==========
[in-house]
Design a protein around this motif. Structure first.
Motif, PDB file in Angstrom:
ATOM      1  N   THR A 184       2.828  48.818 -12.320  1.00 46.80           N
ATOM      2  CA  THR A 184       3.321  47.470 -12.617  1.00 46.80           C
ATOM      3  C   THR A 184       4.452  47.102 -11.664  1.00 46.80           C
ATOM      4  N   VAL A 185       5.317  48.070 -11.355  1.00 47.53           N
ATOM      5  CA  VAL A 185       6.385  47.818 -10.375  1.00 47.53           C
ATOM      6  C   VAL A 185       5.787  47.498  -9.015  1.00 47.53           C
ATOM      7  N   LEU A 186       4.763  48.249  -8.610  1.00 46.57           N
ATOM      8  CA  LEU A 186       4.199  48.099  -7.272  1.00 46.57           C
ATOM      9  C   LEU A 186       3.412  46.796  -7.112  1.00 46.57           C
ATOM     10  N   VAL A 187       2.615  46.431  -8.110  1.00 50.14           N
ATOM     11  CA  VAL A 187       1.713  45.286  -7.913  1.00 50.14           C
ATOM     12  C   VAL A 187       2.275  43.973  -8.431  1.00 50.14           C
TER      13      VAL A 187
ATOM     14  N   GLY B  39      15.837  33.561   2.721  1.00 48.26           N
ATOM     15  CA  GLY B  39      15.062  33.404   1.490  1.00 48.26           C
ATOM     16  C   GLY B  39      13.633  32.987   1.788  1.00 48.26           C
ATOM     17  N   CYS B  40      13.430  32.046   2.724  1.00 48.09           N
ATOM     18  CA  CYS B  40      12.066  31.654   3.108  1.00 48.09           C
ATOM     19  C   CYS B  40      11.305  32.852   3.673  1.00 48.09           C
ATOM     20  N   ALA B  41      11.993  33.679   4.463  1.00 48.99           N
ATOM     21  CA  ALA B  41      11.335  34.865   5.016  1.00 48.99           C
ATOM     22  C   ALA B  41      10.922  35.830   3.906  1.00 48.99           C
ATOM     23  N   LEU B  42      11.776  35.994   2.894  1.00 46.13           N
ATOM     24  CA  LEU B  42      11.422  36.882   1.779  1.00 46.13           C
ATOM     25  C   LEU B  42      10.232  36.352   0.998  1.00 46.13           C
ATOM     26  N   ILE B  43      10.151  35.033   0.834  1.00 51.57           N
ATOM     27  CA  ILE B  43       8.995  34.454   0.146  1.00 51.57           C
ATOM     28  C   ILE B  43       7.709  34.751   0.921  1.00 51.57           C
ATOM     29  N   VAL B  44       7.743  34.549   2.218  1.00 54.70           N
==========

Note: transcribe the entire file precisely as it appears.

[in-house]
Design a protein around this motif. Structure first.
Motif, PDB file in Angstrom:
ATOM      1  N   THR A 184       2.828  48.818 -12.320  1.00 46.80           N
ATOM      2  CA  THR A 184       3.321  47.470 -12.617  1.00 46.80           C
ATOM      3  C   THR A 184       4.452  47.102 -11.664  1.00 46.80           C
ATOM      4  N   VAL A 185       5.317  48.070 -11.355  1.00 47.53           N
ATOM      5  CA  VAL A 185       6.385  47.818 -10.375  1.00 47.53           C
ATOM      6  C   VAL A 185       5.787  47.498  -9.015  1.00 47.53           C
ATOM      7  N   LEU A 186       4.763  48.249  -8.610  1.00 46.57           N
ATOM      8  CA  LEU A 186       4.199  48.099  -7.272  1.00 46.57           C
ATOM      9  C   LEU A 186       3.412  46.796  -7.112  1.00 46.57           C
ATOM     10  N   VAL A 187       2.615  46.431  -8.110  1.00 50.14           N
ATOM     11  CA  VAL A 187       1.713  45.286  -7.913  1.00 50.14           C
ATOM     12  C   VAL A 187       2.275  43.973  -8.431  1.00 50.14           C
TER      13      VAL A 187
ATOM     14  N   GLY B  39      15.837  33.561   2.721  1.00 48.26           N
ATOM     15  CA  GLY B  39      15.062  33.404   1.490  1.00 48.26           C
ATOM     16  C   GLY B  39      13.633  32.987   1.788  1.00 48.26           C
ATOM     17  N   CYS B  40      13.430  32.046   2.724  1.00 48.09           N
ATOM     18  CA  CYS B  40      12.066  31.654   3.108  1.00 48.09           C
ATOM     19  C   CYS B  40      11.305  32.852   3.673  1.00 48.09           C
ATOM     20  N   ALA B  41      11.993  33.679   4.463  1.00 48.99           N
ATOM     21  CA  ALA B  41      11.335  34.865   5.016  1.00 48.99           C
ATOM     22  C   ALA B  41      10.922  35.830   3.906  1.00 48.99           C
ATOM     23  N   LEU B  42      11.776  35.994   2.894  1.00 46.13           N
ATOM     24  CA  LEU B  42      11.422  36.882   1.779  1.00 46.13           C
ATOM     25  C   LEU B  42      10.232  36.352   0.998  1.00 46.13           C
ATOM     26  N   ILE B  43      10.151  35.033   0.834  1.00 51.57           N
ATOM     27  CA  ILE B  43       8.995  34.454   0.146  1.00 51.57           C
ATOM     28  C   ILE B  43       7.709  34.751   0.921  1.00 51.57           C
ATOM     29  N   VAL B  44       7.743  34.549   2.218  1.00 54.70           N